Presenting at Conferences

Attending and presenting at conferences are an essential part of academic careers and the dissimination of our results. Below, we've summarized some thoughts on what role conferences can or should play in the planning of an academic career. Further down, you'll also find a list of regular conferences that are of interest to the lab.

1) Conferences vs. Journal papers: At the end, it's (journal) papers that count. For linguistics, I'd say about three conferences with proceedings are like a journal paper. For computational linguistics, prestigious conference proceedings (ACL, EMNLP, NIPS, and, to a lesser extent, COLING, NAACL) are basically the same as a journal paper. But for cognitive science, conference proceedings (a) are rarely cited and (b) too many of them might raise questions as to why there is no follow up article.

Conferences are a great opportunity to get feedback from outside of your bee hive, to meet new collaborators, and to mingle with folks. They are also a great way to get to know and introduce yourself to a new field of research. But conferences are also distractions - you need to write abstracts and prepare the presentation and that always takes more time than you think. Conferences can easily become a cheap buzz, due to the immediacy of the feedback (which, however, is also shortlived). Also, think about whether your project is better suited for direct journal publication. Any thing your write consumes time. Even if you look at short paper abstracts (CogSci, NIPS), and think that they are a great way to start your paper, keep in mind that a good paper is self-contained. So, there will be extra work involved in making the short paper a good stand-alone paper. Whether it makes sense to submit such a paper rather than to go straight for a journal paper depends on (a) the proportion of time that will be put into making that short-paper stand alone (i.e. time that will not contribute to your overall project write-up), (b) how important this conference is to you -- including whether it would be a good idea to get some "visibility" on the job market, (c) maybe whether you fear that someone else may talk about this before you do, (d) how awesome the conference location is ;).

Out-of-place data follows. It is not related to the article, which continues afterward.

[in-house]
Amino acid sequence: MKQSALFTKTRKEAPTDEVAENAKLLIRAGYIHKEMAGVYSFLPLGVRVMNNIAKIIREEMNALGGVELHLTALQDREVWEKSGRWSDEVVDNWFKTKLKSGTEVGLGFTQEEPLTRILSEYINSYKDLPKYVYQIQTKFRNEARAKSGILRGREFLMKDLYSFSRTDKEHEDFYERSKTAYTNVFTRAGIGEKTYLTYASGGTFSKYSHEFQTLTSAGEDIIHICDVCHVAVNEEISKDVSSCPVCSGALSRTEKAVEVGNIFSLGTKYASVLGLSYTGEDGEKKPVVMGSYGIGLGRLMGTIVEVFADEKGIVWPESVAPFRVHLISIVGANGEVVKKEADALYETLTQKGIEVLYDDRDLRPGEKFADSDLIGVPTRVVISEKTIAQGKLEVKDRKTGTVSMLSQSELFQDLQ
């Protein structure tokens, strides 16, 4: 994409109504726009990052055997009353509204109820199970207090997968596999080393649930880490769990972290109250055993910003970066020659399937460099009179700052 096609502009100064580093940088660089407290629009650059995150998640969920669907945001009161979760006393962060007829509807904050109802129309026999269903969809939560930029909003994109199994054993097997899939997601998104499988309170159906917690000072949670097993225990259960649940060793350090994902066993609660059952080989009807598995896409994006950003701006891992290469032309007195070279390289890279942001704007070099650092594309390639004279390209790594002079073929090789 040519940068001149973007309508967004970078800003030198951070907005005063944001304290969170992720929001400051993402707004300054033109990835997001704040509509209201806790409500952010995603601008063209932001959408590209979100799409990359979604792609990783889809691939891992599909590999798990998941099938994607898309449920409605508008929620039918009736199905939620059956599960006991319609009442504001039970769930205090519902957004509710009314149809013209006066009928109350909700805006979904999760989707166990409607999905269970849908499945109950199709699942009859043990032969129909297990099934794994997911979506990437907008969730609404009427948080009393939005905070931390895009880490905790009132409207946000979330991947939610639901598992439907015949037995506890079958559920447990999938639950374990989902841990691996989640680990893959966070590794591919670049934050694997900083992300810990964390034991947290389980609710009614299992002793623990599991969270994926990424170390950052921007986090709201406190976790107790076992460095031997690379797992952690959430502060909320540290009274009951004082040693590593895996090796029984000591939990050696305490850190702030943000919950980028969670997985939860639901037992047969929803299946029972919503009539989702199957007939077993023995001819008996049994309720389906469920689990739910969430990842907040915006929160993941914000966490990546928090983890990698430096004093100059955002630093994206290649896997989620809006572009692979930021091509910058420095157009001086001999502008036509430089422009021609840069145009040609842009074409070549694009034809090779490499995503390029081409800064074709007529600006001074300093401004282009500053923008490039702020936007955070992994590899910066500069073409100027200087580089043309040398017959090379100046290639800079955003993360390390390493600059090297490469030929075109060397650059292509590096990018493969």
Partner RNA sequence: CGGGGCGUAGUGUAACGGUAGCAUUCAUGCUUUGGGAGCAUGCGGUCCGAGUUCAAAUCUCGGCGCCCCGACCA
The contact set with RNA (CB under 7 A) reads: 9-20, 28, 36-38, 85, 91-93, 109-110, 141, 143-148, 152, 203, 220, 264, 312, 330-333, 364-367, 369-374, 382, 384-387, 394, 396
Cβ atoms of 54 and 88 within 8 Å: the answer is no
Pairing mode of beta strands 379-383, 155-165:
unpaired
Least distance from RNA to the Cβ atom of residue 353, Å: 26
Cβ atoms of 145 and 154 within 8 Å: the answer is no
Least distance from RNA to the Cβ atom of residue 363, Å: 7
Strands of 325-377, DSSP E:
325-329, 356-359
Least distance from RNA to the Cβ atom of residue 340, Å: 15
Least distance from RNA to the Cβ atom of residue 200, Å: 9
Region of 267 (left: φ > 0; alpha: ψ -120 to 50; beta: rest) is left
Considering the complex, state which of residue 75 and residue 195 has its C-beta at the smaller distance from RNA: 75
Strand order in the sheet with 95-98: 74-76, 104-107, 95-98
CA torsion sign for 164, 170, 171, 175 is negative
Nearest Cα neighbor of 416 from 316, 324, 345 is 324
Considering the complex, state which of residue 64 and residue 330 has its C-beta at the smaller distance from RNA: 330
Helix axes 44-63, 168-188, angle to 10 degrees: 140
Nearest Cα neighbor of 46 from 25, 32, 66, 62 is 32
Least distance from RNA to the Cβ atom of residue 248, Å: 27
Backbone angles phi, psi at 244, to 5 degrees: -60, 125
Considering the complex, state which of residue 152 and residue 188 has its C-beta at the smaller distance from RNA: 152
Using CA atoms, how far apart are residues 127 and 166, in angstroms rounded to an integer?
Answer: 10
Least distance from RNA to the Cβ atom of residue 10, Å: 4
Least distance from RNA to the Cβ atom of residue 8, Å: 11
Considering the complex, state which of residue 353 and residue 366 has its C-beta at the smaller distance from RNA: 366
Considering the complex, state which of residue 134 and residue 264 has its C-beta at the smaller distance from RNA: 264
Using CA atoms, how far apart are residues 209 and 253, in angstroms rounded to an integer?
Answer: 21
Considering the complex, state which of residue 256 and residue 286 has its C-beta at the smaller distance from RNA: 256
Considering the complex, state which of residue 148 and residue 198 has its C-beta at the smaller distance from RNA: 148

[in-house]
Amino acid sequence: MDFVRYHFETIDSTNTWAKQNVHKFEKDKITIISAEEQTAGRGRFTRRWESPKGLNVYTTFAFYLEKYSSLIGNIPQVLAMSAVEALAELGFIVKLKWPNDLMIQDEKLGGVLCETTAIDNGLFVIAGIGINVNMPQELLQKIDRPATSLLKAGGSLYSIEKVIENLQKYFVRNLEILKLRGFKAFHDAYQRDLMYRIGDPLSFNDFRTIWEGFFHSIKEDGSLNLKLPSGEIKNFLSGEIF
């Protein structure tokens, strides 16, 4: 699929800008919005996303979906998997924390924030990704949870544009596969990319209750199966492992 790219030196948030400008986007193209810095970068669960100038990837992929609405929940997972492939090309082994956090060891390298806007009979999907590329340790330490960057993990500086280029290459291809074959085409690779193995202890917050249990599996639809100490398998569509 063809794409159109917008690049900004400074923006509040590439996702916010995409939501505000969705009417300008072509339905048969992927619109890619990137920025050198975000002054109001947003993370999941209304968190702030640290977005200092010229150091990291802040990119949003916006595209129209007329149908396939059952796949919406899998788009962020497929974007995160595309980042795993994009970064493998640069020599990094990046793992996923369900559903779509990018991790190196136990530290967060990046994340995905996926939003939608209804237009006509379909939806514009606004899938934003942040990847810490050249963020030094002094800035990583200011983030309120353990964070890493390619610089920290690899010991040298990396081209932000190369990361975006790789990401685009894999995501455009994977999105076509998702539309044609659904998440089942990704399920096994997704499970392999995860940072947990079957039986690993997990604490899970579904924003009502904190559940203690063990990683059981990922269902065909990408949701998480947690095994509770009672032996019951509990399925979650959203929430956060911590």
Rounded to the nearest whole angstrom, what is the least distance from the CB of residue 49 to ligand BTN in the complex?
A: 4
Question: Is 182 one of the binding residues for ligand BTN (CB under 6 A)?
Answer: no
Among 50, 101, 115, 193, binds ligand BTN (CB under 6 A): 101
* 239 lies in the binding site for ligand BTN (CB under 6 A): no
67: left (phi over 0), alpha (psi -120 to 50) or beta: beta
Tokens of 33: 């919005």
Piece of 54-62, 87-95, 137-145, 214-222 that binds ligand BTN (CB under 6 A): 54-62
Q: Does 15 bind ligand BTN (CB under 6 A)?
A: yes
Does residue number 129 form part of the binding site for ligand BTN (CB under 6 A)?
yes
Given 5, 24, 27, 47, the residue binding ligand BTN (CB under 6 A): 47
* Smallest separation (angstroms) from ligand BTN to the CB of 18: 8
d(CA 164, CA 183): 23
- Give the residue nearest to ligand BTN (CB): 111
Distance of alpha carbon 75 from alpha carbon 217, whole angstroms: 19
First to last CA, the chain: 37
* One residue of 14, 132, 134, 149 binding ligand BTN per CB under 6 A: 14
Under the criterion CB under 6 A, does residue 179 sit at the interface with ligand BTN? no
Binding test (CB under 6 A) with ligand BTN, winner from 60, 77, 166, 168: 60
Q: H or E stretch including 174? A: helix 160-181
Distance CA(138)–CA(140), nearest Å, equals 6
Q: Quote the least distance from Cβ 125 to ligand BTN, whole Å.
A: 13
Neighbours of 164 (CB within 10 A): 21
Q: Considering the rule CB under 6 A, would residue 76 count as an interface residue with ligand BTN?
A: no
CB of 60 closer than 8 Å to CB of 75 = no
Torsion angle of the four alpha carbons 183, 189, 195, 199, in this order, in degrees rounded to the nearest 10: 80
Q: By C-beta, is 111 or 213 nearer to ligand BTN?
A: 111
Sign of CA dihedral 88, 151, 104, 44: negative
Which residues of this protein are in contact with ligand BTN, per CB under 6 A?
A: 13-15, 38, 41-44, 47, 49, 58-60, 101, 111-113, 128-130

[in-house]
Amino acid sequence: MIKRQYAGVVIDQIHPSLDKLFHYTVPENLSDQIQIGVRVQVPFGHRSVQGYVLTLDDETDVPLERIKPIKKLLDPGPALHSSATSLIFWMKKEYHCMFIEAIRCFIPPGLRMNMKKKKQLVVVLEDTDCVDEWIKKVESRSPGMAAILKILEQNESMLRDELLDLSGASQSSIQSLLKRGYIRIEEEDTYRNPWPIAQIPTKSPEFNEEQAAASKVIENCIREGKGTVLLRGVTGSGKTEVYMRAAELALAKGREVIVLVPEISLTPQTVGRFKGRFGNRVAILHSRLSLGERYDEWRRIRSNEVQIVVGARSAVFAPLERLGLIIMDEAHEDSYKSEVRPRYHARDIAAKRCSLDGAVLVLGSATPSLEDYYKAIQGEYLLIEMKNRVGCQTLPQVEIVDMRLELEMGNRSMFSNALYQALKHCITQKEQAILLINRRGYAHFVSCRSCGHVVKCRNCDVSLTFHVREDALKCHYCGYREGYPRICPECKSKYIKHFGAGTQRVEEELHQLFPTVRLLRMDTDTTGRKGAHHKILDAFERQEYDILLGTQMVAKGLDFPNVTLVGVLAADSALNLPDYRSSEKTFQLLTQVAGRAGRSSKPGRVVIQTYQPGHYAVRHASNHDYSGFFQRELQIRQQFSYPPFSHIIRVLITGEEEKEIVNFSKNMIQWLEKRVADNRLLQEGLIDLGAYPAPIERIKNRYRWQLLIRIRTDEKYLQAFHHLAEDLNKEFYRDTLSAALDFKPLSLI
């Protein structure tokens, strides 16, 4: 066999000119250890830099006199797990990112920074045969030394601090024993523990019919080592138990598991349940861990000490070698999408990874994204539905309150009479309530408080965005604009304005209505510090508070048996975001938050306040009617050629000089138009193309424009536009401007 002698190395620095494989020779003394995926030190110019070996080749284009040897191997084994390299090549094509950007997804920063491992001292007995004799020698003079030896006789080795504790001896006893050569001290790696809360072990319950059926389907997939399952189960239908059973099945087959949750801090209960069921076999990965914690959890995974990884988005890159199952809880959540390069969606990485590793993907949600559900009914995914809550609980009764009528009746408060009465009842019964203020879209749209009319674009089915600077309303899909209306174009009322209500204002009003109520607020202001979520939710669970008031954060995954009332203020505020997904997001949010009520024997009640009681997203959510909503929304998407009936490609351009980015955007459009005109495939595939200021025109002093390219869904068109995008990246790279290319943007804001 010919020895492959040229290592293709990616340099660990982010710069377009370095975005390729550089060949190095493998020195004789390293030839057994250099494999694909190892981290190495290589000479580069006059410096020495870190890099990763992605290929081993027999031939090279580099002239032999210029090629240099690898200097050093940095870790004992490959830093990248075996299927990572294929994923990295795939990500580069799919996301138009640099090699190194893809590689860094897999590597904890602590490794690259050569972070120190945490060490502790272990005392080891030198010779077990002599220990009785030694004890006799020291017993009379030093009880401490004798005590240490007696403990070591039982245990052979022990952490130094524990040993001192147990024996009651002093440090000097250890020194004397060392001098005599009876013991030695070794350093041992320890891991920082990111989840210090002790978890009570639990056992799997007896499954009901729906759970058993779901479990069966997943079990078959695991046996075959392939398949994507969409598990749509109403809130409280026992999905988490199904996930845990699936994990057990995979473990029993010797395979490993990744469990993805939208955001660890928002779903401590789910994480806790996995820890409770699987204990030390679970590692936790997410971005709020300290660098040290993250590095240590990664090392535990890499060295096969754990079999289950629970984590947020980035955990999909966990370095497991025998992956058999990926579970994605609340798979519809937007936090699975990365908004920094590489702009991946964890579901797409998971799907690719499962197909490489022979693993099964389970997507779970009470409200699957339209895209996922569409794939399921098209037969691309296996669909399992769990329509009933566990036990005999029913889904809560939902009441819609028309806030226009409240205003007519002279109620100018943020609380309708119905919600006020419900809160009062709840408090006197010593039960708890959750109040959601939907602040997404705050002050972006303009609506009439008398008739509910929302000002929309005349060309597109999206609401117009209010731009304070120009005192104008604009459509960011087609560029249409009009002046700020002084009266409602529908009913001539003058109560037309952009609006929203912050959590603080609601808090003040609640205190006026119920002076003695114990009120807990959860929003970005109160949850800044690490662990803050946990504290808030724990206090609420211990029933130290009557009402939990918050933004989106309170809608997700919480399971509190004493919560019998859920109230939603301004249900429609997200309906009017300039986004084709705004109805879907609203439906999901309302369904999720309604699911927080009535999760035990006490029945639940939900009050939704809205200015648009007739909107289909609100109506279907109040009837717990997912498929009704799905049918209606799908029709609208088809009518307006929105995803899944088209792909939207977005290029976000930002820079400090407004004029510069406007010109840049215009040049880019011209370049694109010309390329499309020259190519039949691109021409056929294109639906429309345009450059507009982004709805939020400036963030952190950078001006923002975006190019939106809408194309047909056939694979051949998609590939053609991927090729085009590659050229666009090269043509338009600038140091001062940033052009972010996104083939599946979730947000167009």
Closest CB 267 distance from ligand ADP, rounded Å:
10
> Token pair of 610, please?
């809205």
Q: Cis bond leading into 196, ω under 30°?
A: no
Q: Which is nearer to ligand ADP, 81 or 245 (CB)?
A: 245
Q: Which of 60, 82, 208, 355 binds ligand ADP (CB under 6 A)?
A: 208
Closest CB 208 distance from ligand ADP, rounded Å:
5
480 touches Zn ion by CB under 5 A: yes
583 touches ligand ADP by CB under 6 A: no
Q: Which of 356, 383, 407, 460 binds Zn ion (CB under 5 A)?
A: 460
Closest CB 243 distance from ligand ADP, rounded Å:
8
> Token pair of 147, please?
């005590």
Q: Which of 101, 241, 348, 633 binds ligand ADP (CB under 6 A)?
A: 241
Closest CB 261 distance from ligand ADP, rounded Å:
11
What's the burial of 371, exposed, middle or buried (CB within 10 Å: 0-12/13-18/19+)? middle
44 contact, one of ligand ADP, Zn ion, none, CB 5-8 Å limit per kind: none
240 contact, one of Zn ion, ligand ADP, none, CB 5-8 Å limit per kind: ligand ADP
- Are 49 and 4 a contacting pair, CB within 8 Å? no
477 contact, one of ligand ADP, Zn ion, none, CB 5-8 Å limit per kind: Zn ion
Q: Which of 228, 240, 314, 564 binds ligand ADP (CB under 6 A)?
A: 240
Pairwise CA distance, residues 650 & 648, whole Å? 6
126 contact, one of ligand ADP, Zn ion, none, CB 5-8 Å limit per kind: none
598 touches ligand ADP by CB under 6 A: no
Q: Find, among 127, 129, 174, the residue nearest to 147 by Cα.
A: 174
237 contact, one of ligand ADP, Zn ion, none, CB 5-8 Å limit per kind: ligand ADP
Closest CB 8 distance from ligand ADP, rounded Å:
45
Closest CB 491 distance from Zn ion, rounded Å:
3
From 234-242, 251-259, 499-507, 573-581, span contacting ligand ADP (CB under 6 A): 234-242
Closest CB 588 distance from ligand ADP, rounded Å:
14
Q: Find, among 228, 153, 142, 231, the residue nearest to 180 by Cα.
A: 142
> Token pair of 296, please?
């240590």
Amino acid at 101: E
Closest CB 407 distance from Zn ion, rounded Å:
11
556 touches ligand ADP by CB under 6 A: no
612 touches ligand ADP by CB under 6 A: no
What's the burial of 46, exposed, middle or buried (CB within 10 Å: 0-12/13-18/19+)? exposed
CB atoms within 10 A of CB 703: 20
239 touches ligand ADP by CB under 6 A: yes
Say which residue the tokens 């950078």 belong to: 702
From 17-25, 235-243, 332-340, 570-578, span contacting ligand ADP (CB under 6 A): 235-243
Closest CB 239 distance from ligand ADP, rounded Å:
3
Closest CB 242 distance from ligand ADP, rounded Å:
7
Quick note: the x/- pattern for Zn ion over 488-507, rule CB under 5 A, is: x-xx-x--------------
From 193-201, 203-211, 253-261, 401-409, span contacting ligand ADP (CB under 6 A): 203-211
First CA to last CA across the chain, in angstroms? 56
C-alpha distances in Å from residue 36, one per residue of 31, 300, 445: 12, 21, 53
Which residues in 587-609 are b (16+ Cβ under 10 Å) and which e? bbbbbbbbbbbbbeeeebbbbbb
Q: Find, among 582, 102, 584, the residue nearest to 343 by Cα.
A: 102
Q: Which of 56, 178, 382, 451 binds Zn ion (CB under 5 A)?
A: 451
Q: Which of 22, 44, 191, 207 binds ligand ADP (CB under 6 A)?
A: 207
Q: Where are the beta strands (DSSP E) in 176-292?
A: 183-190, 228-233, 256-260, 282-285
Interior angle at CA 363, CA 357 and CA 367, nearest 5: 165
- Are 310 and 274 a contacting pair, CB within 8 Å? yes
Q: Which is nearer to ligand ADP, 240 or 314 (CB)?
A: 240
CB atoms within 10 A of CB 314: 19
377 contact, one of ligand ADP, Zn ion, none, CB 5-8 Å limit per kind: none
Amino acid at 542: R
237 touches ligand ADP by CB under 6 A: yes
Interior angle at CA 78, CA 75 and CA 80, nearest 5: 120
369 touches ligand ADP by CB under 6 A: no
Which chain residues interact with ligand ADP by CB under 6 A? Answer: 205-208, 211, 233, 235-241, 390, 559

2) Plan ahead: Be aware of the major annual conferences in your subfield (see below). Be part of the relevant email lists, announcing deadlines (CUNY's sentproc, the AMLaP list, and Linguist List are a good start; for some of you funknet, lingtype, or the international corpus list might be a good idea, too). Most regular meetings have their deadlines around the same time every year. Put a reminder into your calendar a few weeks before that time to check whether the deadline has been posted (see also the CLS calendar, which has many of these deadlines).

3) Remind your collaborators and advisors and start early: Please keep in mind that your collaborators and advisors may need time to look over your abstract presentations. As a rule of thumb, remind them at least a month ahead. Keep in mind that they may have other commitments. For myself, for short 1-2 page abstracts, having a complete draft about 5 days in advance of the deadline is usually ok. But if many people in the lab attend the conference (CUNY, AMLaP, LSA), then please give me 7-10 days at least. For short paper abstracts of 6-9 pages, a complete draft should typically be ready about 2 weeks in advance, preferably more. See also our notes on abstract writing.

4) How many conferences should I plan to present at? As a rule of thumb, I'd say present at least one conference a year during your graduate years, perhaps two, but not more than three (with the possible exception of year 4 or 5). In planning ahead, keep in mind that there are workshops in addition to the regular meetings. These workshops may fit your interests very well. So don't book your calendar full of conferences.

Regular Meetings and Conferences of Interest to the Lab

1. Psycholinguistics

2. Cognitive Science

3. Language and Cognitive Development

4. Computational Linguistics

Joel Tetreault maintains a calendar with call for papers deadlines and conferences dates for a lot of the computational linguistic conferences. He does not include some of the dialogue specific ones such as:

5. Linguistics

6. Statistics

HlpLab: Conferences (last edited 2011-09-30 18:09:07 by AndrewWatts)

MoinMoin Appliance - Powered by TurnKey Linux